Pensions fund accountant
What is a pension funds accountant and what do they do?
A pension funds accountant is responsible for managing a portfolio of clients’ pension schemes and is accountable for reporting on their activities. They usually work as part of a pensions fund accounting team and who will be responsible for delivering financial and technical accountancy advice for the pension funds.
Responsibilities will vary, but examples include:
- Preparing pension scheme Trustee Report & Accounts for sign off
- Reconciling investment transactions
- Preparing all the necessary working papers, pension accounts & reconciliations of the financial statements, ensuring they are compliant for a client portfolio
- Liaising with clients, auditors, account managers and investment managers
- Preparing and completing self-assessment tax returns and statistical surveys
- Producing interim financial accounts and analyses as required for the pension schemes
- Ensuring the integrity of underlying financial transactions, as well as maintenance of portfolio scheme accounts
- Assisting in the execution of treasury activities, and reviewing year-end accounts and supporting schedules
- Keeping up to date with regulatory changes including relevant Accounting Standards, Client Money Regulations together with compliance
Why are they important?
The role is important to ensure all pension schemes comply with statutory reporting and trustee reports and accounts are signed off correctly.
Skills needed for this role
Experience should include a broad knowledge of accounting techniques and a strong understanding of different types of pension scheme investments. A high degree of numeracy is required, along with good organisational and planning skills and the ability to communicate effectively and concisely. Professional integrity is essential, as is the ability to create and maintain strong working relationships.
Strategic Professional Options examinations linked to this role
Career opportunities presented by this role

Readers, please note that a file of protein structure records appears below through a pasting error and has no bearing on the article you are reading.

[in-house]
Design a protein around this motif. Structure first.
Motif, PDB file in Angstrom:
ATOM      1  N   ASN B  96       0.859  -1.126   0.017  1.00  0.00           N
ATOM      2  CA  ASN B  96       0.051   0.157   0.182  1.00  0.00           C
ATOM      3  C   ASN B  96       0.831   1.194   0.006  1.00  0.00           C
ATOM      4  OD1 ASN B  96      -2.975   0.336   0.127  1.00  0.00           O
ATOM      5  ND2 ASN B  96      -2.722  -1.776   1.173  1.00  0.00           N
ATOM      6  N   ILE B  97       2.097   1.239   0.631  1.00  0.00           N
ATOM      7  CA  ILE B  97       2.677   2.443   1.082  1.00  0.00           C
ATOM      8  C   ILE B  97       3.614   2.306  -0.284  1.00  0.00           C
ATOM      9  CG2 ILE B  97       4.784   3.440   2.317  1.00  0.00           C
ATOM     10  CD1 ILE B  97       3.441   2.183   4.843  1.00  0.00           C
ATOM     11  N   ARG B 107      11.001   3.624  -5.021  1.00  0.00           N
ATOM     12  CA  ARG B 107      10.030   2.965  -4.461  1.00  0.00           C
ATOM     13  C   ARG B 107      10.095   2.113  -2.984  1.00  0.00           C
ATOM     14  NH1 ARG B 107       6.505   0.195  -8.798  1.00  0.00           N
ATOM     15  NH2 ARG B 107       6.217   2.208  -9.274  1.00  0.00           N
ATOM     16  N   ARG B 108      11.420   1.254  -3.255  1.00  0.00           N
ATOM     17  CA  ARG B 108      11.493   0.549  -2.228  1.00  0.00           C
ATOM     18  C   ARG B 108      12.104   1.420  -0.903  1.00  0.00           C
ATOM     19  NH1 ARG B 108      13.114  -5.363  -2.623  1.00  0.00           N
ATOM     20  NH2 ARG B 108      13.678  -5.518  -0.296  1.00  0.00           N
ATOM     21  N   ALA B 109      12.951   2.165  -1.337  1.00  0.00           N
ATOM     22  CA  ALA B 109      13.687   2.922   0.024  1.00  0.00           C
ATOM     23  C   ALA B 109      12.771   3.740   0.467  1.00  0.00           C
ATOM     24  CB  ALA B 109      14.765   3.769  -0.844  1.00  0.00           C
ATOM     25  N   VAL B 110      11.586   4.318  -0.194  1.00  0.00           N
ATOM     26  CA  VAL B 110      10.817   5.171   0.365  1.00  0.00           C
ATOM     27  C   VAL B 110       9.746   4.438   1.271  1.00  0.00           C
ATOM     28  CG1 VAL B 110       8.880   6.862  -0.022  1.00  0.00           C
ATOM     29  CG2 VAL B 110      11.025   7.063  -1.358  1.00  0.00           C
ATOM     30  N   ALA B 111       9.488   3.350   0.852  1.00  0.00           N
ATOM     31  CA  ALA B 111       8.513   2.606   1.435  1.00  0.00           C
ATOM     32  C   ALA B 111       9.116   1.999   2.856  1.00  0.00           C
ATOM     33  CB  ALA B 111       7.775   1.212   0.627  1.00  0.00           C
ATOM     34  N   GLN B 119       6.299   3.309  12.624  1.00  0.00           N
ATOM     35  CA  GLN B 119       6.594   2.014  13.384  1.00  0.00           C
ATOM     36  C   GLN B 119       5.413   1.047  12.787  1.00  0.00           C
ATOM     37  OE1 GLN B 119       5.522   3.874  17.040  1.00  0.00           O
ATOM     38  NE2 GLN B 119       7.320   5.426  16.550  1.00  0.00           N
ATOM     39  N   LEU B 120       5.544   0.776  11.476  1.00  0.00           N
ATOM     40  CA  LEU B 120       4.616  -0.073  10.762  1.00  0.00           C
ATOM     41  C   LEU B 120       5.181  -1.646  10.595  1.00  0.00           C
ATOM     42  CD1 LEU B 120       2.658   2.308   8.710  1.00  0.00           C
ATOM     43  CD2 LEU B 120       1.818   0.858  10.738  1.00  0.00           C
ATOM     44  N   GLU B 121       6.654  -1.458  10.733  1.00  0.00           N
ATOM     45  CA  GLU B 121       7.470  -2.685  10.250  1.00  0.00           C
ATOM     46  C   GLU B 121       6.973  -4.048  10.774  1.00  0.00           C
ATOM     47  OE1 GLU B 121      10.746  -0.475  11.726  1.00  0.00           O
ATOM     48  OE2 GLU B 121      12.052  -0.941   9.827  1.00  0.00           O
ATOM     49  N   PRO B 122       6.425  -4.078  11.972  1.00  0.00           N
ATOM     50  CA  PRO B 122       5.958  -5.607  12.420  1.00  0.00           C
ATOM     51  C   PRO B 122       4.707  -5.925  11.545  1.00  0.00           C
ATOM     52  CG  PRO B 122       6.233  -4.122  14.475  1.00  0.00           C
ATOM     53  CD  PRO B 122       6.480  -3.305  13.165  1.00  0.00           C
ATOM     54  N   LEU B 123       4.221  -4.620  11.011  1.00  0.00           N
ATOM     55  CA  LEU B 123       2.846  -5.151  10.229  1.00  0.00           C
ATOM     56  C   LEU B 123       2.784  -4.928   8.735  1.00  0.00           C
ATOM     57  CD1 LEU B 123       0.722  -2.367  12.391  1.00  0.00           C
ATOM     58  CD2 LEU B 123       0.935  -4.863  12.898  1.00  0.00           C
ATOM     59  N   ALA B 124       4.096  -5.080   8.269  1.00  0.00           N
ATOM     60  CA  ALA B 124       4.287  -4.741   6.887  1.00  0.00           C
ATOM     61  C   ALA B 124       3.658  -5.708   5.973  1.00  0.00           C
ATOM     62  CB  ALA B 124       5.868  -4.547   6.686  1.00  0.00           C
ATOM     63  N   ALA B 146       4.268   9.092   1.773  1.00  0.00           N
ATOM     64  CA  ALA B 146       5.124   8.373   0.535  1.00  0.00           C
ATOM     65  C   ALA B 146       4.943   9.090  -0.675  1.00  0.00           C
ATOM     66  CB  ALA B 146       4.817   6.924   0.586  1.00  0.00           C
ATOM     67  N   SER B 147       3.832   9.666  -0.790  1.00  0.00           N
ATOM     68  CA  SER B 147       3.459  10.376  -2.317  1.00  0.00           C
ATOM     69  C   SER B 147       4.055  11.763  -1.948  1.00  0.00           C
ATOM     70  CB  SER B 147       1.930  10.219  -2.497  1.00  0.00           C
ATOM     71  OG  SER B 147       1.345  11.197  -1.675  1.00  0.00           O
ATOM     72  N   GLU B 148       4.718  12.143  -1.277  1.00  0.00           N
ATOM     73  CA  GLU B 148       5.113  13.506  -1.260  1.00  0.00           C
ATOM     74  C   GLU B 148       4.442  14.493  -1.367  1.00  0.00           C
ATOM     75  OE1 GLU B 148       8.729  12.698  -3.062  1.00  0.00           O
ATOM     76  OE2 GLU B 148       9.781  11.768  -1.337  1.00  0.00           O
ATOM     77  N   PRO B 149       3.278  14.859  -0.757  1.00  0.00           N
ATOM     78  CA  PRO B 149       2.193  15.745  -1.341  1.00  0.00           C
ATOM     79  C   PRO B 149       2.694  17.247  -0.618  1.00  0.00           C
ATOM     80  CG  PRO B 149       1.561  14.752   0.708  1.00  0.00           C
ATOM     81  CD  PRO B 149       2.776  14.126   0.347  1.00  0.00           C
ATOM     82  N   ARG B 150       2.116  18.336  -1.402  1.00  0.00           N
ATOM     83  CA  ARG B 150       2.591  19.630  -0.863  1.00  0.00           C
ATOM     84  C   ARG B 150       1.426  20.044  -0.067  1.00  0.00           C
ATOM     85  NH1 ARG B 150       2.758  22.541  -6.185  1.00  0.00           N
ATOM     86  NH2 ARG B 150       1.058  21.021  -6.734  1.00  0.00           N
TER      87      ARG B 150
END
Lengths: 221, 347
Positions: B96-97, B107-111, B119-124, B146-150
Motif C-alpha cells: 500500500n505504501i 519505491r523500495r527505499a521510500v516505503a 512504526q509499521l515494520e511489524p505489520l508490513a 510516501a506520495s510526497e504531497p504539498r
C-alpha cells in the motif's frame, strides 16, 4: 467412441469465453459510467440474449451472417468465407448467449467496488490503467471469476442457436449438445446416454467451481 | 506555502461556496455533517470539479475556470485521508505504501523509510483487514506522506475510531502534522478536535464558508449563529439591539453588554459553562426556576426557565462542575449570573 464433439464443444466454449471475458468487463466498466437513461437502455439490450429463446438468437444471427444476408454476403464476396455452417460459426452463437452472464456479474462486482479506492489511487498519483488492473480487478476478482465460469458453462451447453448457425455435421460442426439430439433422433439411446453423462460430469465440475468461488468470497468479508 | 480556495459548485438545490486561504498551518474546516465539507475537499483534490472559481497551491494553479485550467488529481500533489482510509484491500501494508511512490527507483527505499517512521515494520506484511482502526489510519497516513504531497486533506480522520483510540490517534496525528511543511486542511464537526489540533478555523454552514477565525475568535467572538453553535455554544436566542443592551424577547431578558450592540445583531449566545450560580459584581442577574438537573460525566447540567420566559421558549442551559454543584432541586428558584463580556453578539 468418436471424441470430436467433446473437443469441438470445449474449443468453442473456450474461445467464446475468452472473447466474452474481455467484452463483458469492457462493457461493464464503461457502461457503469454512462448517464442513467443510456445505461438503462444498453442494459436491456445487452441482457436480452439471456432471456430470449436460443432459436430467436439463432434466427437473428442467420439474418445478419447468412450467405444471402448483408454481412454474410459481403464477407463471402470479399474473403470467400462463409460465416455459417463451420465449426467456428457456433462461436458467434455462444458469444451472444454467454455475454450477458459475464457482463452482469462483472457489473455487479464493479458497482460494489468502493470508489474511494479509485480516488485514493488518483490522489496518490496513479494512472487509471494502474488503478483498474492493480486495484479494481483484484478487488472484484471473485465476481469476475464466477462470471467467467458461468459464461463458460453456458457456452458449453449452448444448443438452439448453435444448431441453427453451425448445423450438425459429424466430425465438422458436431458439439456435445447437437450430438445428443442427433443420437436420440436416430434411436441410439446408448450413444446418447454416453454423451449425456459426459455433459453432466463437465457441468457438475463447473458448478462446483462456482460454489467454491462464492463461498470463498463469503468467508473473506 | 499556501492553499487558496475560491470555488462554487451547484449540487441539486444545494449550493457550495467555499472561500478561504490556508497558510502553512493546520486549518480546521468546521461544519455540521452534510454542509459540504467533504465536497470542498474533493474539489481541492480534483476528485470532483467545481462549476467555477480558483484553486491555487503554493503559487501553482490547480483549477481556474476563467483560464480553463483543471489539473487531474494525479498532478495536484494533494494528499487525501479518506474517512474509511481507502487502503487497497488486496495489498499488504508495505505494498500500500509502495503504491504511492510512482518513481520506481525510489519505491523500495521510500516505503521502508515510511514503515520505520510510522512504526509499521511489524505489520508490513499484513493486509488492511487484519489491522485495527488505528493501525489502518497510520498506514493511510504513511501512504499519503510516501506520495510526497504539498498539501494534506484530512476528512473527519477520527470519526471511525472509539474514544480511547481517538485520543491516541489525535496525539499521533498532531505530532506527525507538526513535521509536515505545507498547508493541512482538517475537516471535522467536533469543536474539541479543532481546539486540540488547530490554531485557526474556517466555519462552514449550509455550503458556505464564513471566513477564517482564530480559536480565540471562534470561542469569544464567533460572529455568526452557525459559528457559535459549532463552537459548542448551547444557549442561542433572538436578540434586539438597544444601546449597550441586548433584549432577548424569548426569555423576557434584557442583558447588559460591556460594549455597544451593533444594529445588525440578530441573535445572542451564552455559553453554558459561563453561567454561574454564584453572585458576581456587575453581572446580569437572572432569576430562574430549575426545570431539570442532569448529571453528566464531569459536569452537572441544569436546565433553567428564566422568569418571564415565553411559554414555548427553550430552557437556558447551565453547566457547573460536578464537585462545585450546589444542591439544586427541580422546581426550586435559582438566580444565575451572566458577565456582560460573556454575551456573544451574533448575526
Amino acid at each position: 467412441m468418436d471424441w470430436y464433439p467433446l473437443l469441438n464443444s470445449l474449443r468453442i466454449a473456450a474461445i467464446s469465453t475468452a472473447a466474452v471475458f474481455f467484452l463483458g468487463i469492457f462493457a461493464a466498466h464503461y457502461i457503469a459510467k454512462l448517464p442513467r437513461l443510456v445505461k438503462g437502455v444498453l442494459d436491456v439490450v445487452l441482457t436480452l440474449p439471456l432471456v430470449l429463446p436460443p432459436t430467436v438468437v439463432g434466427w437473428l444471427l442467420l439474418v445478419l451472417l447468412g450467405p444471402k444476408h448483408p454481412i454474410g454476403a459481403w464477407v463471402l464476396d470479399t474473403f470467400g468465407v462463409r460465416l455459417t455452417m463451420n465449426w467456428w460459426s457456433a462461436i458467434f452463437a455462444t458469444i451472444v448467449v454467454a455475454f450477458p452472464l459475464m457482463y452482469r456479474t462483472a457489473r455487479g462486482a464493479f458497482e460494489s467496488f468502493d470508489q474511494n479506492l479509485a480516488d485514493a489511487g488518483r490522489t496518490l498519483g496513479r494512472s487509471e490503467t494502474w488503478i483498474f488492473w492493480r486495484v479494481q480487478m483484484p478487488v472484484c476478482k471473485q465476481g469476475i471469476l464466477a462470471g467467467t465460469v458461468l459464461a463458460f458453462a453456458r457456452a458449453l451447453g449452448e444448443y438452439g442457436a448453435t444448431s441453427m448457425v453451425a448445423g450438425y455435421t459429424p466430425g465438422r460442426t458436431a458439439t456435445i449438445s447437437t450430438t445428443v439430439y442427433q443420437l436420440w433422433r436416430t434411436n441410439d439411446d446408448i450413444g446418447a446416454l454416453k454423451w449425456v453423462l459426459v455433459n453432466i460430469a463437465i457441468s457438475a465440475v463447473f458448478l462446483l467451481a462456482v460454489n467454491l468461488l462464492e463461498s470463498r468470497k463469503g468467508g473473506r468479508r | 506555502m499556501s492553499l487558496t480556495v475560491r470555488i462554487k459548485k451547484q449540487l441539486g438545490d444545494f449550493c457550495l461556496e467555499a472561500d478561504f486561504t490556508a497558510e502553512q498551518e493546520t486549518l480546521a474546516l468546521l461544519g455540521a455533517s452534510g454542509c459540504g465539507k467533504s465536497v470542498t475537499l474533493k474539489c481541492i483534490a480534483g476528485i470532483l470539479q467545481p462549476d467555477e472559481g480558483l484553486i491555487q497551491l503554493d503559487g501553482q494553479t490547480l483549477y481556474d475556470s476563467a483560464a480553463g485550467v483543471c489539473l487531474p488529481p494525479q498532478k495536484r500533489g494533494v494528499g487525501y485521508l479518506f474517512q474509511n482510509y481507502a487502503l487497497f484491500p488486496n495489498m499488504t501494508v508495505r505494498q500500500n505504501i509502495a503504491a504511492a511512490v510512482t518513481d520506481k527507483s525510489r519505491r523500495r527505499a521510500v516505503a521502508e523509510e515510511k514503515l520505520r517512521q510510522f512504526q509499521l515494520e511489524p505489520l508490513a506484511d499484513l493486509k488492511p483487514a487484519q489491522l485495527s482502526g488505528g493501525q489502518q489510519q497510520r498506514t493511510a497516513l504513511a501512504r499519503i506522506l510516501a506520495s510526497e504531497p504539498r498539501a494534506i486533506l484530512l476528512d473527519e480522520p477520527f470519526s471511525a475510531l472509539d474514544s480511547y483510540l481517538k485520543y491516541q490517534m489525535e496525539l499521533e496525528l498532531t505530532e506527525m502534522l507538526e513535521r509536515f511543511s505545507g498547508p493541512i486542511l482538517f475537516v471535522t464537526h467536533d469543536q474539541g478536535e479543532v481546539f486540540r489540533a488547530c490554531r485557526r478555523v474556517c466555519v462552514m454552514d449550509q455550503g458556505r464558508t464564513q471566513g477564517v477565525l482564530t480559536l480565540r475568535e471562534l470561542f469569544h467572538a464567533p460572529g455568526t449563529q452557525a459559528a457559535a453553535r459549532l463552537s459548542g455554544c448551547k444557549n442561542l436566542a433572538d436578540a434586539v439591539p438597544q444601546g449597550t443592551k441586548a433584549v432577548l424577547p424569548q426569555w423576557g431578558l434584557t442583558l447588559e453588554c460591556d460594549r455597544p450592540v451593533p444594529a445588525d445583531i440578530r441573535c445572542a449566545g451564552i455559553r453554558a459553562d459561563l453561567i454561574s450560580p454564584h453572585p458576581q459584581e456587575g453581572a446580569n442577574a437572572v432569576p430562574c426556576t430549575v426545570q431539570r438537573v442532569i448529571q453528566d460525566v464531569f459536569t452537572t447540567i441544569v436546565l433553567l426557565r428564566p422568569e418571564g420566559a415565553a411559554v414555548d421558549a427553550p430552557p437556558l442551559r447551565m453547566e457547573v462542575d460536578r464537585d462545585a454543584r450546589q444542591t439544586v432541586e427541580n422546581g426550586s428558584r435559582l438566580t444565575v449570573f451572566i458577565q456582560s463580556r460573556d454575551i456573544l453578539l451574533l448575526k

Progression from this role could lead to a more senior management position within an organisations (e.g. head of accounts) or to becoming an independent financial adviser (IFA).
High level competencies required include:
Audit and assurance
A. Advises on and communicates effectively the role and scope of audit and assurance engagements to relevant stakeholders.
B. Applies regulatory, legal, professional and ethical standards relating to audit and assurance engagements.
C. Plans and prepares for audit and assurance engagements.
D. Performs effective audit, and assurance engagements.
E. Reviews and reports on the findings of audit and assurance engagements.
F. Guiding efficient and effective operations.
Corporate and business reporting
A. Prepares financial statements, corporate financial and integrated reports for external stakeholders using appropriate technology.
B. Leads effective decision making through analysing, evaluating and communicating performance and position of entities.
C. Prepares financial statements for groups of entities using appropriate technologies.
D. Monitors, critically evaluates, and advises on the relevant accounting standards, regulations, conceptual and financial reporting frameworks.
A. Links developments in global trade, markets, business practices and the economic environment to required improvements in the financial and risk management of an organisation.
B. Advises on business asset valuations, capital projects and investments using appropriate analytical qualitative and quantitative techniques.
C. Identifies, evaluates and advises on alternative sources of business finance and different ways of raising finance.
D. Communicates and advises on the impact on financial decision making on current developments in regulation, governance and ethics.
E. Assesses and advises on appropriate strategies to manage business and organisational performance regarding business and finance risk and effectively communicates the impact.
Governance, risk and control
A. Evaluates organisational structures and governance to protect the long-term interests of stakeholders.
B. Recommends appropriate strategies to ensure adherence to governance structures and application of best practice internal controls.
C. Identifies and manages risk appropriately.
D. Uses risk management for the best interests of an organisation and its stakeholders.
E. Monitors and applies relevant legislation, policies and procedures.
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